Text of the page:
An Australian mining company preparing to open a large-scale mine in Guyana has unwittingly handed the opposition a key elections issue on a platter by publicly condemning demands by government officials for bribes and inducements to help it get things done in the mineral-rich country.
Thanks to the successful filing of a no confidence motion by the seven-seat Alliance for Change (AFC) last month, general elections could be held later this year or early next year depending on whether parliament reconvenes from its summer break and votes on the issue in early October or whether the governing Indo-led People’s Progressive Party (PPP) decides to call an early date or not.
This week, Perth, Australia-based Troy Resources said in a statement that it absolutely won’t pay any bribes to government officials and regulators to get things done in relation to a large gold mine it is preparing to open in the west of the country near Venezuela next year.
This is so because it is still subjected to Australian laws on graft, transparency, and corruption whether or not it is at home or outside of its Australian home base.
It is unclear whether company officials knew what kind of impact the company statement would have as nearly every group in the country, be it religious, political or civic, has complained about the level of graft and greed among top PPP officials and their audacious displays of wealth on a daily basis.
Troy Resources more than hinted that some key documents officials should have signed off on already have not been attended to expeditiously so it took the unusual step of going public with its complaint in a newspaper advertisement about plans for the mine and the way it operates at home and abroad.
“It should be noted that any form of payment or inducement to individuals and organizations to expedite, seek favors, get unfair advantage or to circumvent official procedures in any country of operation is unlawful under Australian corporate law and any breach is regarded as a serious crime which may result in a prison sentence for any company officer engaging in this practice.”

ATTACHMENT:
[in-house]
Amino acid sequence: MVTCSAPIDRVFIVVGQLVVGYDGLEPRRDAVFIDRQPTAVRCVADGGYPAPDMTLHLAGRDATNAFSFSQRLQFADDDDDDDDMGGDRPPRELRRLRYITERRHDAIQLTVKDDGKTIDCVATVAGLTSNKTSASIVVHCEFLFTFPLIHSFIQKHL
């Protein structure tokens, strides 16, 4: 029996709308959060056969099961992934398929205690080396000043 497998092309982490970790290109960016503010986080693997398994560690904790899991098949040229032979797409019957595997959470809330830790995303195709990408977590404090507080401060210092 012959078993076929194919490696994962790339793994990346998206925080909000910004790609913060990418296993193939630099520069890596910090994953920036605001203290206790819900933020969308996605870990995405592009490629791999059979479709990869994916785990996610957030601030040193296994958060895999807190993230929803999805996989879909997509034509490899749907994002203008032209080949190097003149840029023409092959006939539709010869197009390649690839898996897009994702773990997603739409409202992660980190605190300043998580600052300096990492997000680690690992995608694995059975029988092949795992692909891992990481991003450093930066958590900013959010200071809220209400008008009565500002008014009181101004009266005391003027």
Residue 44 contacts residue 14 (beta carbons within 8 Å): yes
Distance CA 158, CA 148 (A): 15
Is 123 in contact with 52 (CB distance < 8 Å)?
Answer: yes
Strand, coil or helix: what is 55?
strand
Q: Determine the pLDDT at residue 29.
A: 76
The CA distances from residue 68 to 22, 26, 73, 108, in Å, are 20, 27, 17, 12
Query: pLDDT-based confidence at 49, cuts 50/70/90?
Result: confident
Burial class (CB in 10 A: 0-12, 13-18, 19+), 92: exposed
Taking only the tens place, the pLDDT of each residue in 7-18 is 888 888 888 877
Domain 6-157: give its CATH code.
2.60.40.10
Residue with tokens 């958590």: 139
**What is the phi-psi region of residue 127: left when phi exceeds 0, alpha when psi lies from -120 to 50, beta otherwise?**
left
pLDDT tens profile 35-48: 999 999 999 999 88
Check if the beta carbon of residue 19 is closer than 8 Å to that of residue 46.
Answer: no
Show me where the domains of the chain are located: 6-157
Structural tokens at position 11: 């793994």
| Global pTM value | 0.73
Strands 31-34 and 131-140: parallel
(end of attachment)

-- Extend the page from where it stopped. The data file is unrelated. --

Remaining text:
The statement comes as the firm announced that it has already spent $5 million on heavy duty equipment it would need at its mine in the western jungles while it awaits the signing of its mineral agreement with government to allow it to expedite the construction of its mine site and begin mining as planned in 2015.
The firm recently announced that it had secured $87 million in financing to build its open pit mine, plants, and tailings waste ponds but warned that it is not in the habit of paying inducements to get things done.
The miners association of which the company is a member chimed in this week saying that it is quite “aware of the frustrations” Troy is experiencing, noting that it has raised the issue at recent meetings with executives.
Spokesman Colin Sparman said that the company ”has faced a lot of hurdles but is determined not to bribe anyone to get things done. They have told us that they don’t do things that way and are very frustrated with the red tape in Guyana,” Sparman said.
Opposition parties and rights groups have persistently complained about the level of corruption in the country. The issue is the main reason a parliamentary opposition party successfully filed a no confidence motion against government last month. The issue is to be debated in the opposition controlled 65-member parliament in early October. A successful vote will result in general elections in 90 days and about two years before constitutionally due.